The juxtaposition in selection of English, Spanish or a combination of both adds to the power of each word and to the entire verbal context. Some works are, by necessity, in English, utilizing the compact, business-like high-powered impact of each short jabbing word. The following poem by Sylvia Chacon is an excellent example of this style of writing and of the visual arrangement of the words. The format, together with the words themselves, seems chopped up like little pieces of spaghetti so that the meaning comes out not only from the context of the language but also from the shape and texture of the poem itself. 


I am 

the jealously entangled 


you abstained 

from eating 



to be knifed 

and forked along 

in your eagerness 

to get 




The eloquence of Reyes Cardenas’ Poema Sandino was deliberately woven in an all-Spanish fabric. The profound personal sentiment, the political intent, the entire Spanish speaking world’s contemporary political context add to what is already one of the most powerful statements ever made in chicano poetry. An excerpt: 


estas cosas que nos arrastran por el piso 

tenemos que pararlas como un arbol seco de navidad 

tenemos que echarle agua hasta que le salgan hojas 

hasta que podamos hablar otra vez 

hasta que podamos mover al siglo . . . . . . . . . . .

. . . . . . . . . . .

pero nosotros, no so tros tenemos que resistir al tiempo 

levantar la pluma aunque sea con huesos 

tenemos que ofender a los que cierran los ojos 

que hasta paginas vacias ahoguen sus suehos dulces 

que despiertan tosiendo buscando aire. 


Translation, in poetry, is a dependent and limited form of expression. But, with apologies for this sacrilege, I offer this translation of the segment quoted: 


these things that drag us across the floor 

we have to stand them up like a dried-up Christmas tree 

we have to sprinkle water on them until they sprout 


until we can speak again 

until we can move the century . . . . . . . . . . .

. . . . . . . . . . .

but we, we have to resist time 

lift the pen, although it be with our bones 

we have to offend those who close their eyes 

that even empty pages drown their sweet dreams 

who wake up coughing searching for air. 


Language mixture is an art as surely as any other manipulation of words, as evidenced in the beautiful flow and rich image-laden texture of the first few lines of “Mis ojos hinchados”by Alurista. 


Mis ojos hinchados 

flooded with lagrimas 

de bronce 

melting on the cheek bones 

of my concern 

razgos indígenas 

the scars of history on my face 

and the veins of my body 

that aches 

vomito sangre 

y lloro libertad 

. . . . . . .


The early stages of chicano literature were full of identity assertions: “I am Joaquin, lost in a world of confusion,” or “I am a Quetzal who wakes up green with wings of gold, and cannot fly,” or “I am the Aztec Prince and the Christian Christ,” or “I do not ask for freeeom — I am freedom.” But chicano literature has gone beyond its beginnings. It no longer simply asserts and defines an identity. It now paints its context, and carries out its' visions. The identities of crazy gypsy, Aztec Angel, Mud Coyote and Crying Woman of the Night now go beyond their own definitions to live out their lives in the more fully developed mythological and social context of chicano literature.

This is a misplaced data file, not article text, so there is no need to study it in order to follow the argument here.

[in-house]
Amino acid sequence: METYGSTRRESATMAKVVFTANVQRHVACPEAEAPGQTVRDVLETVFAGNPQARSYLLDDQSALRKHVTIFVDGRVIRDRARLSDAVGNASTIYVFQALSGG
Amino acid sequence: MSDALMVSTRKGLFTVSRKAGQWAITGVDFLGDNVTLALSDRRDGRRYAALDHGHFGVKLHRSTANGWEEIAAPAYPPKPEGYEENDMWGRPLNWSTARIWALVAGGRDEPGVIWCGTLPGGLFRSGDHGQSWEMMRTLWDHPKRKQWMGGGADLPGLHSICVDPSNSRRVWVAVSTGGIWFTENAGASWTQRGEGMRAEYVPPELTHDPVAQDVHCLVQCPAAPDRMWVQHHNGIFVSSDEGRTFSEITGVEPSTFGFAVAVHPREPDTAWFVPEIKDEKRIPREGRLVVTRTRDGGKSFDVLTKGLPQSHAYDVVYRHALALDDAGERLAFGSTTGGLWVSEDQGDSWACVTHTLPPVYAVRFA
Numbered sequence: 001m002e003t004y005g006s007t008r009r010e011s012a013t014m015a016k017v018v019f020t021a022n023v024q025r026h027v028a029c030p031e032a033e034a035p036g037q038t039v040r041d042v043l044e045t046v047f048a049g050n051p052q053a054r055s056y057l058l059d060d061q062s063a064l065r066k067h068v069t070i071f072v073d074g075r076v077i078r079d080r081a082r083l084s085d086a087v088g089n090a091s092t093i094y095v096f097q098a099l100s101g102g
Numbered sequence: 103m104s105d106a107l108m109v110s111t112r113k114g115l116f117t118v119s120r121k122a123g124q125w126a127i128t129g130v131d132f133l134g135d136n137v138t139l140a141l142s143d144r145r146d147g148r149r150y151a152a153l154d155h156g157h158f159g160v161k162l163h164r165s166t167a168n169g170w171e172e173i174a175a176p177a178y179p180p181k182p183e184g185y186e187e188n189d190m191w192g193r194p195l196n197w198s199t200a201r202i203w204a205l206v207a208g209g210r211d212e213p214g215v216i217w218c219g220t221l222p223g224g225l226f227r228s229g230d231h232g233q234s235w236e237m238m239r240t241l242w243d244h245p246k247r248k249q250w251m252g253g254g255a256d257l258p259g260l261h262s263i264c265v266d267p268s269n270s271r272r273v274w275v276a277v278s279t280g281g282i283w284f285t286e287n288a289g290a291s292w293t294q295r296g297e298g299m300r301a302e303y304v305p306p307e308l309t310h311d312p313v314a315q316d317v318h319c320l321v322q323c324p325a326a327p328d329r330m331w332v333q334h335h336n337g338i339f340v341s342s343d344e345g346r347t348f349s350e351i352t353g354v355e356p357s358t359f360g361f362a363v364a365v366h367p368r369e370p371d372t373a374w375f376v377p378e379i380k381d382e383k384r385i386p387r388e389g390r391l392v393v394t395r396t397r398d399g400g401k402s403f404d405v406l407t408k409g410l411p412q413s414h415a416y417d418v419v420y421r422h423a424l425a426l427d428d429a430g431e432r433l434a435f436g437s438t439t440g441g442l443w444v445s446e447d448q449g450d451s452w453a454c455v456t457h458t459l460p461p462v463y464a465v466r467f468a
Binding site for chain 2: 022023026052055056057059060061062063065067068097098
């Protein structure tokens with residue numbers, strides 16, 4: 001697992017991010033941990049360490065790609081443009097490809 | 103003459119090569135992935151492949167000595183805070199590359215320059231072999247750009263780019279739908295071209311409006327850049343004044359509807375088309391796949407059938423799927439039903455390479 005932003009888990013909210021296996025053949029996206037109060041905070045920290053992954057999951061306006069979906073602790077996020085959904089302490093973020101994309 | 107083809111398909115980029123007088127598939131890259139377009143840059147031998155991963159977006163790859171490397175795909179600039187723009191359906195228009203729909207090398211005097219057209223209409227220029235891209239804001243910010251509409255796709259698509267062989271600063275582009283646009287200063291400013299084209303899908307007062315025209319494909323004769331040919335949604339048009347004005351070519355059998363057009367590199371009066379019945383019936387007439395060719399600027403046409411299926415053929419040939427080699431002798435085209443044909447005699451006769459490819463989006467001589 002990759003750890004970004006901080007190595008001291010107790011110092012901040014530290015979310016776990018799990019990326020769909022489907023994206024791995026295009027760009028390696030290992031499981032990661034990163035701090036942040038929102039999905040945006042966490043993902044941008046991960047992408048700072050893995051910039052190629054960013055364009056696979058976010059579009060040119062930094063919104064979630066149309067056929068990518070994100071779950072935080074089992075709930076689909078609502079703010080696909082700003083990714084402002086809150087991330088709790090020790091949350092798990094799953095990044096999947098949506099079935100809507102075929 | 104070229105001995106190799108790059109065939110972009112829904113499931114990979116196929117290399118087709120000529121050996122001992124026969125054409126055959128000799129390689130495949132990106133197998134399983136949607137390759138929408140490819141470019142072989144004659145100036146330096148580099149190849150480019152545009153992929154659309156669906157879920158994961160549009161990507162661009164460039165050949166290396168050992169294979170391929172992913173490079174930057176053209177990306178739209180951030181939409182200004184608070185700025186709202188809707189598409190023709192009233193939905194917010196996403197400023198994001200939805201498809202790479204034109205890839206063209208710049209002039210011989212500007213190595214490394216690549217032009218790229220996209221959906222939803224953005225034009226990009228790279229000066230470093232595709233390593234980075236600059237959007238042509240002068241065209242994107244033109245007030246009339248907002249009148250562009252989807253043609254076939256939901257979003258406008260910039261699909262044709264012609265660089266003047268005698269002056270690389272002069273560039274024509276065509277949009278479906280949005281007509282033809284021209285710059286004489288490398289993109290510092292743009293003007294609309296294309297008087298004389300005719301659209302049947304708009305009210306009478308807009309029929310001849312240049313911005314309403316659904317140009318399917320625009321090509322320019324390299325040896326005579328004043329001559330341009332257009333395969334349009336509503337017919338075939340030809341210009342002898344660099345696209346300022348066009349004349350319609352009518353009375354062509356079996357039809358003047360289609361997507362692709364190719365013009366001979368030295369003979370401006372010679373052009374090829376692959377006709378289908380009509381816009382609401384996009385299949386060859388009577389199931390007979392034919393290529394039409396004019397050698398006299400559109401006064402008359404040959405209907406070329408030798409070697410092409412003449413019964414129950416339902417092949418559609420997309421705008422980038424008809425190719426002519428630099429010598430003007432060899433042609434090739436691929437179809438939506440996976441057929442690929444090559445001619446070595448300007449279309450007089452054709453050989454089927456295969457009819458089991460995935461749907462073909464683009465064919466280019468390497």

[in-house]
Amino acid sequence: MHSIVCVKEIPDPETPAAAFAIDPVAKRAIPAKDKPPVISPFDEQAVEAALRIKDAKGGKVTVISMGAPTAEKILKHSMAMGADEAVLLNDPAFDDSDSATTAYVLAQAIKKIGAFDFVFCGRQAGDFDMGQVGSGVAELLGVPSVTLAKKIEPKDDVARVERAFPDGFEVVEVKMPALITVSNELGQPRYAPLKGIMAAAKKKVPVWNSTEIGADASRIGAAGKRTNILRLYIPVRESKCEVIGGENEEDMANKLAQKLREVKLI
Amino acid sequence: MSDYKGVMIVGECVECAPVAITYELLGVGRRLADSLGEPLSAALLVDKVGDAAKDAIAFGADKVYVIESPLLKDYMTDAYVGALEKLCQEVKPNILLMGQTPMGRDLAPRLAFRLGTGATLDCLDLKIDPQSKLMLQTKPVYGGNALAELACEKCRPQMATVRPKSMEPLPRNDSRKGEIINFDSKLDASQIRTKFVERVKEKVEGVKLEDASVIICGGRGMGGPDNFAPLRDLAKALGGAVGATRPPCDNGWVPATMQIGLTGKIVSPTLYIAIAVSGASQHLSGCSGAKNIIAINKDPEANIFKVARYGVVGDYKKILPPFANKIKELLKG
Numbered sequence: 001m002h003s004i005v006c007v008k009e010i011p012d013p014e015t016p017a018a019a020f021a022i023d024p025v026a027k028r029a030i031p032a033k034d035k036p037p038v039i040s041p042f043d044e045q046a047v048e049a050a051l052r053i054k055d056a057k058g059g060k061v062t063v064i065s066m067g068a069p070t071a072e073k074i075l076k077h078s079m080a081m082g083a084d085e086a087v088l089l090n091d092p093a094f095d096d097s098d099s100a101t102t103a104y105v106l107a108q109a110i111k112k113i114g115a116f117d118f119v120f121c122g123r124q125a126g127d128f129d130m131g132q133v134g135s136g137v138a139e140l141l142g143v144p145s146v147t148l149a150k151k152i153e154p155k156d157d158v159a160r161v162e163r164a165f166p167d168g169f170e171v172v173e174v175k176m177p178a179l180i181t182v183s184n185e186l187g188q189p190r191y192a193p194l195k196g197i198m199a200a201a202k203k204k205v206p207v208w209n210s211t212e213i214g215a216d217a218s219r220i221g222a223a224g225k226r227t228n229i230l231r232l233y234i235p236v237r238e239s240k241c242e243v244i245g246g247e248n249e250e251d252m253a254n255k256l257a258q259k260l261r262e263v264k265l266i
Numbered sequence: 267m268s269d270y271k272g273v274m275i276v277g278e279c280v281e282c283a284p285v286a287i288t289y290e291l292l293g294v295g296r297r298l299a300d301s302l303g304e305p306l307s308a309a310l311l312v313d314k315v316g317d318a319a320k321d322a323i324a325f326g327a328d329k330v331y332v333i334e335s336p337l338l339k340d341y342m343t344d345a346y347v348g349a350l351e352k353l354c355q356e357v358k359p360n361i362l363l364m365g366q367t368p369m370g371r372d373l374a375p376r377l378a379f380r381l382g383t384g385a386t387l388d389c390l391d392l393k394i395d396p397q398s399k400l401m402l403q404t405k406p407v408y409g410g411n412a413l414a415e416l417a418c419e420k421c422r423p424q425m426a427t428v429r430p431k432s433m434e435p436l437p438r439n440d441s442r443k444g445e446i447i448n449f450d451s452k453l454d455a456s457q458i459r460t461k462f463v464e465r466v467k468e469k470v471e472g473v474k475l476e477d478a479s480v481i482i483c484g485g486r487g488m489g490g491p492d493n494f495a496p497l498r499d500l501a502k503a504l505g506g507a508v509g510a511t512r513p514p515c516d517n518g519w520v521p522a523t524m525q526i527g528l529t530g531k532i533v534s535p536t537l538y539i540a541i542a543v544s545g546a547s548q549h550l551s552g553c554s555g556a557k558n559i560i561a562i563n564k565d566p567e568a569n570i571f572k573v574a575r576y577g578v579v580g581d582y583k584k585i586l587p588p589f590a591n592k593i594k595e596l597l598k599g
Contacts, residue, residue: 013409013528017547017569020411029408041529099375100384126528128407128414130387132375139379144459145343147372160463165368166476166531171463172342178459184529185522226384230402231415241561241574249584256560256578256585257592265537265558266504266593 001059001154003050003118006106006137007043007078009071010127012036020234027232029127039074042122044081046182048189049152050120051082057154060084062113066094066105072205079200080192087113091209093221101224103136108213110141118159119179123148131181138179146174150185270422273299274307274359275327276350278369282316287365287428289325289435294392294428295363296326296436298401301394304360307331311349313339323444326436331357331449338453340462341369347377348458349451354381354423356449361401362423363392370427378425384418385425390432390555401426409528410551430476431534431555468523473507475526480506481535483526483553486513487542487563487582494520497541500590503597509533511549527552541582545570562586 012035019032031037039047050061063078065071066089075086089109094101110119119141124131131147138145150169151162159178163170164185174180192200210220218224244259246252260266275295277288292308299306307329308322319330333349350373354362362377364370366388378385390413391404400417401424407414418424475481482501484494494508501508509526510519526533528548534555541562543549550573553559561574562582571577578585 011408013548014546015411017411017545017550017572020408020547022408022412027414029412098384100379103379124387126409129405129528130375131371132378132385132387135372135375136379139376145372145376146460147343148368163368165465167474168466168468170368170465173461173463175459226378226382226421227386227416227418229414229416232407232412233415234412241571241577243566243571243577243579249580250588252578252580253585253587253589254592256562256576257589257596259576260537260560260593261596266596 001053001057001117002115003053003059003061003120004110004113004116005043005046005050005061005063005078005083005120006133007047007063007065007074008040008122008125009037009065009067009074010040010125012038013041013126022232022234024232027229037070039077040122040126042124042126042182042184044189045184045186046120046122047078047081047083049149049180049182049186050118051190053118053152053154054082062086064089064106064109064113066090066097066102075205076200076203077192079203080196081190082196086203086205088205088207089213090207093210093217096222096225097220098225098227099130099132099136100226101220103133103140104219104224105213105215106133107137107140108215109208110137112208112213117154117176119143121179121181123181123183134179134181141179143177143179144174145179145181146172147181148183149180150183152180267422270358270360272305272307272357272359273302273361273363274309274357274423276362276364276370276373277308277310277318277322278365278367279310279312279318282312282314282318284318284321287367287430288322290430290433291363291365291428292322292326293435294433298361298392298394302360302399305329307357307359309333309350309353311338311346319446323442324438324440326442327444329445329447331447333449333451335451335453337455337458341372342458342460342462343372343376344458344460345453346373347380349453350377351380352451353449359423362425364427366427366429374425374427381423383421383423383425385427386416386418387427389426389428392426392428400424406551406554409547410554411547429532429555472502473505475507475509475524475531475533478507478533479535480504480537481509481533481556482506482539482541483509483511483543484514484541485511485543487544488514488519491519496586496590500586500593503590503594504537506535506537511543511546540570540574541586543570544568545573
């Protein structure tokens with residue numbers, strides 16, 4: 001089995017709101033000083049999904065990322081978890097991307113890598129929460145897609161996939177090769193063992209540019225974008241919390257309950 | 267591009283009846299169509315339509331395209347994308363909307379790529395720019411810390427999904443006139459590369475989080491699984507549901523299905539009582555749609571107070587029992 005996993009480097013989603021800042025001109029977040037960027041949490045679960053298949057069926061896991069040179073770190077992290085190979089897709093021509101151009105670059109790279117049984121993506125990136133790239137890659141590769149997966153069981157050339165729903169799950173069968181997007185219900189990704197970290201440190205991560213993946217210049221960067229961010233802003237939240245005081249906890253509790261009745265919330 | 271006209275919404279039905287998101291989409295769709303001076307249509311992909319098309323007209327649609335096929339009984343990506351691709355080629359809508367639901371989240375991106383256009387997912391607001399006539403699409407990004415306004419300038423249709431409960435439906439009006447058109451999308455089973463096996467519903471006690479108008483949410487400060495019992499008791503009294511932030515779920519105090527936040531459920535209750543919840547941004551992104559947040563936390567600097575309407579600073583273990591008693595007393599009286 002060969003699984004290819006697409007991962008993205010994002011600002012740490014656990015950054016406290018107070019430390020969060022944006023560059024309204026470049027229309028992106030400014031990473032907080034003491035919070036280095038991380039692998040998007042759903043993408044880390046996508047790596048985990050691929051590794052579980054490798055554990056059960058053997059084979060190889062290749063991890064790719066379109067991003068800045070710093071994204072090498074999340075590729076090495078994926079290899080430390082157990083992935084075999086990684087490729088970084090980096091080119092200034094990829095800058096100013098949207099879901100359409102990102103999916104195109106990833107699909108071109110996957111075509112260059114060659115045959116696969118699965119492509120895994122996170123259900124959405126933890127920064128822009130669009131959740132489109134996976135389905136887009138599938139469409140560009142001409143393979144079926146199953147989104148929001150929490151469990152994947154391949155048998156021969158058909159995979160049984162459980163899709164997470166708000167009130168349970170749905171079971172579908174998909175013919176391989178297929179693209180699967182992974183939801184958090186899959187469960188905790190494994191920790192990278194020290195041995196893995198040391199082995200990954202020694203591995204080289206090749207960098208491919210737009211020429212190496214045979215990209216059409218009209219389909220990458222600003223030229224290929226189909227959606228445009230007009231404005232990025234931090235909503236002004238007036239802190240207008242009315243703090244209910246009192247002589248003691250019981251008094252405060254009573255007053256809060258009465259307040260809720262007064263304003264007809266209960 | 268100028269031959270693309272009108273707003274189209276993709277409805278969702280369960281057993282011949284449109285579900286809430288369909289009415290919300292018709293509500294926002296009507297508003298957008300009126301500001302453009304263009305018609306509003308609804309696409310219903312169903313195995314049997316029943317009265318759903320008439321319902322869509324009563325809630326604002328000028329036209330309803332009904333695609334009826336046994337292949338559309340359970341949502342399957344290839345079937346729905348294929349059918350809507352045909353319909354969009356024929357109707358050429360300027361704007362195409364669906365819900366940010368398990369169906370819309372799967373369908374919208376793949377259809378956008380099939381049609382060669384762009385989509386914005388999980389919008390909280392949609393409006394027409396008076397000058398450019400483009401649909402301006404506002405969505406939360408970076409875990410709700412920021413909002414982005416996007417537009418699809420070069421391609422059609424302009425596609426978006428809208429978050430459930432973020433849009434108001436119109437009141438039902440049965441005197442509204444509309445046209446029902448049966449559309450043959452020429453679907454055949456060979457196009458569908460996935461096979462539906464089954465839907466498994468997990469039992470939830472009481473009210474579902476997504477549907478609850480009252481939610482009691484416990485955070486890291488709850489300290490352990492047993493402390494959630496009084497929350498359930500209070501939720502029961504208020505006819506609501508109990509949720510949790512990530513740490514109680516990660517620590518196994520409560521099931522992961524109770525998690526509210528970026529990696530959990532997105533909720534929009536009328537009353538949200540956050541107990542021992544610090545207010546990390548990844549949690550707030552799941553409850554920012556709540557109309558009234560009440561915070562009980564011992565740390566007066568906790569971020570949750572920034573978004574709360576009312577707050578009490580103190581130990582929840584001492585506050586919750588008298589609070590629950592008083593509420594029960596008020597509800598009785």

The symbols and images have already become familiar — we speak a common mythological language. Critics such as Juan Rodriguez, Max Martinez and Jose Flores Peregrino have begun to explain and nourish the literary symbols. Flores Peregrino identifies and substantiates motifs, visions and symbols such as the mirror (symbol of self-knowledge), the creative serpent, in lak ech (Mayan principle of behavior) and, of course, the parent earth, la tierra, as birther, burier and healer. With a critical base for study, chicano literature can no longer be ignored by those unfamiliar with its symbols and settings. 


The voice of the chicana poet and writer, the woman, is a strong one within this stream of expression. The powerful work of Margarita Cota-Cardenas, Evangelina Vigil, Estela Portillo Trambley and countless others provides a counterbalancing and whole image of our entire culture, not just the male perspectives of it. The chicanas remind us emphatically and eloquently of the healthy duality of indigenous cultures, in which the Creative Spirit is both a Mother God and a Father God, combining these two aspects of its reality in its power and sustaining spirit. Legendary Mexican figures, such as La Llorona, La Virgen de Guadalupe and La Adelita echo feminine voices of pain, protective power, action and valor. Real predecessors in chicana and Mexican history provide strong character bases for modern writers — women soldiers, colonels and a general in the Mexican Revolution, outspoken female intellectuals and writers, the everyday community roles of women leaders in our barrios who are curanderas (healers), political organizers and businesswomen. These images are reflected in our obras